(and not just an article by a single author,which would be bad
    enough) like this needs serious questions asked about it.

    Reply on the CLR

  • By: WorldbyStorm Tue, 16 Dec 2008 20:58:46

    On a slightly less tragic note, there’s the story of the helpful young Russian functionary in St. Petersburg who in the early 90s was central to setting up a British Council office there. Sadly more recently he was central to ensuring it was shut down again… His name? Vladimir Putin…

    Reply on the CLR

  • By: Dunne and Crescendo Wed, 17 Dec 2008 07:45:49

    Look the IPR supported the Hutu in Rwanda as well. And Hitler didn’t start the Second World War. And German imperialism before 1914 wasn’t even imperialism. And lately the Jews were entirely innocent victims of the Nazis because the Balfour Declaration made them a hostile nation or something. Someone said earlier that when they see the IPR championing Irish nationalist causes they say ‘welcome home’. I say whats the catch? And what agenda is now at play?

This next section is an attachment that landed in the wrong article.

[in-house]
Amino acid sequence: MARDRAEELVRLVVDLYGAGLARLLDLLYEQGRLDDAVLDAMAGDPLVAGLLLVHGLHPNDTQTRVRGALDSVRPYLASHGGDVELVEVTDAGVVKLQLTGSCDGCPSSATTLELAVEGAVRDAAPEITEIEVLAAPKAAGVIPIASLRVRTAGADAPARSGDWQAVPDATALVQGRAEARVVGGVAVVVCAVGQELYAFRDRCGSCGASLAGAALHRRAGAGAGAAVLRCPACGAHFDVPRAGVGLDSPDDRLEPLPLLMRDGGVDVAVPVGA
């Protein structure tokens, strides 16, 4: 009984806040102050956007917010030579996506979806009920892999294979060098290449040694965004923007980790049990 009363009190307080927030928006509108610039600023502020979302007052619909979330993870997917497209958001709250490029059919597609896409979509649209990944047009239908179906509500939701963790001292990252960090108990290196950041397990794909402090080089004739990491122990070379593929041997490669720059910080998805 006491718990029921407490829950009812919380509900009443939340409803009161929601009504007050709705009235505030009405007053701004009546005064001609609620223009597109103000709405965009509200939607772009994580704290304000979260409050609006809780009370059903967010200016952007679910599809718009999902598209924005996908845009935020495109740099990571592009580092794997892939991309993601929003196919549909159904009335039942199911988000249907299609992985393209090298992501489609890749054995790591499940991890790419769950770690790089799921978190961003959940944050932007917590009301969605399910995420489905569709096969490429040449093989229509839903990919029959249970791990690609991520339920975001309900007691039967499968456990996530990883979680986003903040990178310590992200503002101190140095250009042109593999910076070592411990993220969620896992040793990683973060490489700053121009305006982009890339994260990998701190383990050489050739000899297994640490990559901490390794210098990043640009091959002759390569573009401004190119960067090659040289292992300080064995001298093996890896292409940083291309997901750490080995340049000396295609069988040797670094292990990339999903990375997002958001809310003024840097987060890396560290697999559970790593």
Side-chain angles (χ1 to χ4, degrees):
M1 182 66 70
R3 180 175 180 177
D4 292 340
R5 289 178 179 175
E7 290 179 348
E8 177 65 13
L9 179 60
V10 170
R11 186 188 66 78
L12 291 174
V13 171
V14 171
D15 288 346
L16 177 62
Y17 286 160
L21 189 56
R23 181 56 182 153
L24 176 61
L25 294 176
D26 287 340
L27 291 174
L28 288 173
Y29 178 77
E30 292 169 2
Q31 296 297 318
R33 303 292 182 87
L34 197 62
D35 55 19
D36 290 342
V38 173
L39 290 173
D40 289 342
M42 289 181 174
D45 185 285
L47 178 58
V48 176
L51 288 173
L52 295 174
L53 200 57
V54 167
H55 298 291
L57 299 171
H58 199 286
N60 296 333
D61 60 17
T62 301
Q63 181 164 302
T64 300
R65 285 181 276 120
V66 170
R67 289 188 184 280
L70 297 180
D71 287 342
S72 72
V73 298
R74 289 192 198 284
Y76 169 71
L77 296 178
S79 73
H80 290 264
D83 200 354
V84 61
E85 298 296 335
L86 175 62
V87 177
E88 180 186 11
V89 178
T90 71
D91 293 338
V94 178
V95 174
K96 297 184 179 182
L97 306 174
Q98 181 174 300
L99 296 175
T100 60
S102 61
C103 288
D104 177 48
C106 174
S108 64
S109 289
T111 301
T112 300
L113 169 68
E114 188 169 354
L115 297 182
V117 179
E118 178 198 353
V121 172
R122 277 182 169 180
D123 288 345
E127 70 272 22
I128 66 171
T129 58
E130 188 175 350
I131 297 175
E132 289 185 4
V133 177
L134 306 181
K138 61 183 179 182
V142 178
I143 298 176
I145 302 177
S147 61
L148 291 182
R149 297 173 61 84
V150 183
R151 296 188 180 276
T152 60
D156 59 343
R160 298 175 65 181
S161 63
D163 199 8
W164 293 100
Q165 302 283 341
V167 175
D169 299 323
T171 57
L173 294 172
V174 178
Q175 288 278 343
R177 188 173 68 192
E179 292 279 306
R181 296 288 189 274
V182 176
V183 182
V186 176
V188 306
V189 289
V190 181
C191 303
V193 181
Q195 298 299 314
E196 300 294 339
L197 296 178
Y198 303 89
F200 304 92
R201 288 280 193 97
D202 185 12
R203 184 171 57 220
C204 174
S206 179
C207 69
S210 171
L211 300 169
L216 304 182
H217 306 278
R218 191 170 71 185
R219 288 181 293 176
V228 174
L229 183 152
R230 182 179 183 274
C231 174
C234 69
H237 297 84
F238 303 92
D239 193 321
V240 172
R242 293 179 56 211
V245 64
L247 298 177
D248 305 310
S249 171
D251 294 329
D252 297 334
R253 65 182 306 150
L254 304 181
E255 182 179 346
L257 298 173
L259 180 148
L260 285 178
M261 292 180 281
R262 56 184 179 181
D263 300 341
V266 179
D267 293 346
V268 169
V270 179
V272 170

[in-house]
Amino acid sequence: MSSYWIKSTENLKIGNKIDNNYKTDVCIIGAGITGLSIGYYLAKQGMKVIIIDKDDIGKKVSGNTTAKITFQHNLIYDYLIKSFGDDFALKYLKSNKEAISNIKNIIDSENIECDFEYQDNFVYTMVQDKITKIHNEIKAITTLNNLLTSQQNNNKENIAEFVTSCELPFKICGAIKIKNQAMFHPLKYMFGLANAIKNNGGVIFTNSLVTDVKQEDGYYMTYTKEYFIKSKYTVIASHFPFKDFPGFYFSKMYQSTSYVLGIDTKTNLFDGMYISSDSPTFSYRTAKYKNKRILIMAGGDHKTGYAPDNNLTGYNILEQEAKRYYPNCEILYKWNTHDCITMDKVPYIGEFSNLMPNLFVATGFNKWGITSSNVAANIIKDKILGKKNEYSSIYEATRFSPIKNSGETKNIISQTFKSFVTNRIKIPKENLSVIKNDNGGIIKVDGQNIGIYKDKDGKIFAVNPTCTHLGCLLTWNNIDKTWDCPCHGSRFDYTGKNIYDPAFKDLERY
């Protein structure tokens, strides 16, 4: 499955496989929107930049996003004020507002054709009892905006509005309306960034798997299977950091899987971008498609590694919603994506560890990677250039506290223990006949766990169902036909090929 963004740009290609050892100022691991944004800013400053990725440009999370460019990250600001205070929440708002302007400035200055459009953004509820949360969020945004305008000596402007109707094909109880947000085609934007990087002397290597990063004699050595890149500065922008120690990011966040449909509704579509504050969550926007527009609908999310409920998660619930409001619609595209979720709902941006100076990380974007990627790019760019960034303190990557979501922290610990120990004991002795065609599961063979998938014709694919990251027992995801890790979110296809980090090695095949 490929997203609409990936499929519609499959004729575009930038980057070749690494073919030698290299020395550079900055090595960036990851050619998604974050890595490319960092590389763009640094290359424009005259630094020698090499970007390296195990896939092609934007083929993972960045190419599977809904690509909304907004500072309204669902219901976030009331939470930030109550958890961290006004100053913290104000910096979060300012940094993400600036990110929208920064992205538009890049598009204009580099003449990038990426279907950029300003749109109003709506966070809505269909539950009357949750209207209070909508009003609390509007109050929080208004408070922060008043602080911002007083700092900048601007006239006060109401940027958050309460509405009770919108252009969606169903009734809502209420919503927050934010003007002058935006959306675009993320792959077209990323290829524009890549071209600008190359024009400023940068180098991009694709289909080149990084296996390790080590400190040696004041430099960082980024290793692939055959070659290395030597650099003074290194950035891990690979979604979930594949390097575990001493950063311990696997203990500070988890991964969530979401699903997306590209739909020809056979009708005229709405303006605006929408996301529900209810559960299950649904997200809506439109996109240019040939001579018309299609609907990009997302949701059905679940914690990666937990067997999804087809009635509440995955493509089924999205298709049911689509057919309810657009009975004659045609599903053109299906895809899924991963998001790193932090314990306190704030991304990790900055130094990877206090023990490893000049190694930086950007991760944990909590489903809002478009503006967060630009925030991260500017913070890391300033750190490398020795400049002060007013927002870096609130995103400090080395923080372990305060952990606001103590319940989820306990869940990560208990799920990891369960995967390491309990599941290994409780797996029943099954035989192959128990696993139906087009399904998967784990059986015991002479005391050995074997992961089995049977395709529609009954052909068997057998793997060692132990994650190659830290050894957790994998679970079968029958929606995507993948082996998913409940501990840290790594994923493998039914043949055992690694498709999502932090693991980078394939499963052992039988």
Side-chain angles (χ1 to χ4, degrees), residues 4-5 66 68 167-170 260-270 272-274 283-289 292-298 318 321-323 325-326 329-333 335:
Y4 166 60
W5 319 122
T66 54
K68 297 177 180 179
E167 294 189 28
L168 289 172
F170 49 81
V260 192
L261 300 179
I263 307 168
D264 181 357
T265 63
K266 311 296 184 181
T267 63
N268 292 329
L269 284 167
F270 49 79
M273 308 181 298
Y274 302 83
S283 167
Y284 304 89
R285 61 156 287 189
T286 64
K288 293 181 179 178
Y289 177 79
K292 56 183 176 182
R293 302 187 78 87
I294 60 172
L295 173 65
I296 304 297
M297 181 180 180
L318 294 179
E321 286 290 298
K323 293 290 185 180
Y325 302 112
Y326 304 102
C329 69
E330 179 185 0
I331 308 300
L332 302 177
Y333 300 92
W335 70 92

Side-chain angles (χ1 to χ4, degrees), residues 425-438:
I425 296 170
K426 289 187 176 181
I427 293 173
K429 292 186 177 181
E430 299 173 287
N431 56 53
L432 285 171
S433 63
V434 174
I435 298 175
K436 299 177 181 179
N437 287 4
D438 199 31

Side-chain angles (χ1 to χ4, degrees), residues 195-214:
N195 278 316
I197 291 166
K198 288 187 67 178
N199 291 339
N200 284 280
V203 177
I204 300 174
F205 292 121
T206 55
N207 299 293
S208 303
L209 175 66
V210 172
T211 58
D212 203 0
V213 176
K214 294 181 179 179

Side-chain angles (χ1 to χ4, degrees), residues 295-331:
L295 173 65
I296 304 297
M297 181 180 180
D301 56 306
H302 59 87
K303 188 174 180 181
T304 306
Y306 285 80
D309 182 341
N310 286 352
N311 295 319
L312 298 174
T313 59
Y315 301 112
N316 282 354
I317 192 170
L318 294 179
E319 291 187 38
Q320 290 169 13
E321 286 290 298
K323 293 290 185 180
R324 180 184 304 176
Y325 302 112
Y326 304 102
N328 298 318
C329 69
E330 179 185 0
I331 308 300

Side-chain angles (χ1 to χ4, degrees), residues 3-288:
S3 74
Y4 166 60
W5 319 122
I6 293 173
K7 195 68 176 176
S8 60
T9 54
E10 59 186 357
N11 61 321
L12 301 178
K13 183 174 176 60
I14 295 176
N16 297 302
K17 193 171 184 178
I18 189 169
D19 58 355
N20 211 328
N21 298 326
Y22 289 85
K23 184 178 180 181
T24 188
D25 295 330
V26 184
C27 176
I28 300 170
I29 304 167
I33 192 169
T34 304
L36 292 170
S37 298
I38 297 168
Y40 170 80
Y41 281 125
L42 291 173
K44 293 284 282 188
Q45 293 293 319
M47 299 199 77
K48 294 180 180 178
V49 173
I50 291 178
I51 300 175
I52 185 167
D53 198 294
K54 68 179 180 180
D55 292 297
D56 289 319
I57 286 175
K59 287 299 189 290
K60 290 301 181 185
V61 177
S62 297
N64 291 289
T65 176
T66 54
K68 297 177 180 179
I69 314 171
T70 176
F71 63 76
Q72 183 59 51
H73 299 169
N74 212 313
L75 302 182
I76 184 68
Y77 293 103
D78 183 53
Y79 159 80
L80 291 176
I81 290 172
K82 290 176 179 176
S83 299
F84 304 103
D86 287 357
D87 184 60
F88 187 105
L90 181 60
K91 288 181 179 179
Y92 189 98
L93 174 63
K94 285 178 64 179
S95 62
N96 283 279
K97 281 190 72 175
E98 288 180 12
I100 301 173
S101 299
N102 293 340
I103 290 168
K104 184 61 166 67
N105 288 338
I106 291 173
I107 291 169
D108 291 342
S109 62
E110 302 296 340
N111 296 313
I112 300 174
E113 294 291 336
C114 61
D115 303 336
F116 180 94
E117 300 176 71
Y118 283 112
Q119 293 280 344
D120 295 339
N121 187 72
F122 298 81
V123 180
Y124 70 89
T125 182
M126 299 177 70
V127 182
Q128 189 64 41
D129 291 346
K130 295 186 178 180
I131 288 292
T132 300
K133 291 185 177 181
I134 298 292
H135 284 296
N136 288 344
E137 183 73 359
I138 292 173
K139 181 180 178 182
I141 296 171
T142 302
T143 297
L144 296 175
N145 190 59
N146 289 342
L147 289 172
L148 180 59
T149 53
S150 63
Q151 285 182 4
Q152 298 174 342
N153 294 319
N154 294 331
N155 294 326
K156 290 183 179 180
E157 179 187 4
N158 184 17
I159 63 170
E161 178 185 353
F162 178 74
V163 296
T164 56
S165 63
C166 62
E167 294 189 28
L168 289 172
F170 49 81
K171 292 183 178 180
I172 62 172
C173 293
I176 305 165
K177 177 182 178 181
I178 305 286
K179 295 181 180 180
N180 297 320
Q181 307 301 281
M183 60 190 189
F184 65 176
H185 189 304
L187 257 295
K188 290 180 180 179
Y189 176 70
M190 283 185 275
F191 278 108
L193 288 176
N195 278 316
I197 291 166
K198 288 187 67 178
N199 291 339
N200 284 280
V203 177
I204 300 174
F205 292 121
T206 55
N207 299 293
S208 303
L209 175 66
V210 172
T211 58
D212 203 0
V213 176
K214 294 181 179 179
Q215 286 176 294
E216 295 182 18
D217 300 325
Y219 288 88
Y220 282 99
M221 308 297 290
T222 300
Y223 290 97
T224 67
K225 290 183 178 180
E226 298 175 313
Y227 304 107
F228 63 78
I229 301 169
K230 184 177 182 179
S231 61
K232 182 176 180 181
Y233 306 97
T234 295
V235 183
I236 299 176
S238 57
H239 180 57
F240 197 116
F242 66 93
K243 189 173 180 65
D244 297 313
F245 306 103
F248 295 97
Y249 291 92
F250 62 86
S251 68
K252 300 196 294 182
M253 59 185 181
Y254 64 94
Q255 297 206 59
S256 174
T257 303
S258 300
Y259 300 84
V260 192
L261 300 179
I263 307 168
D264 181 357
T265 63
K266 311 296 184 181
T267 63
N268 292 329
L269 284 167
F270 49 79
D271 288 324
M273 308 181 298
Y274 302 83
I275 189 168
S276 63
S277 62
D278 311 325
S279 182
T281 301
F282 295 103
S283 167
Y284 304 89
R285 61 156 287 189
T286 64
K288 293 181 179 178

Reply on the CLR

  • By: Slawomir Thu, 18 Dec 2008 08:25:44

    I note that Gomez has not disputed the main facts in the article:

    a) Care’s chief donor is the United States Government followed by the British Government

    b) It was involved in spying in Kosovo.

    c) Care as an organisation did not oppose the invasion, whatever about what individual Care workers thought.

    Gomez disagrees with the IPR about the role of the British Council. Whatever about what Putin thought in the 1990s I doubt that the Russian dispute with the British Council in 2008 was about Shakespeare. The British Council is the organisation involved in promoting the wearing of the poppy in this country as a means of promoting a British imperialist view of the First World War. Remembrance Day (or is it week) commemorates British Soldiers who have died in all British Wars. That includes the Black and Tan War.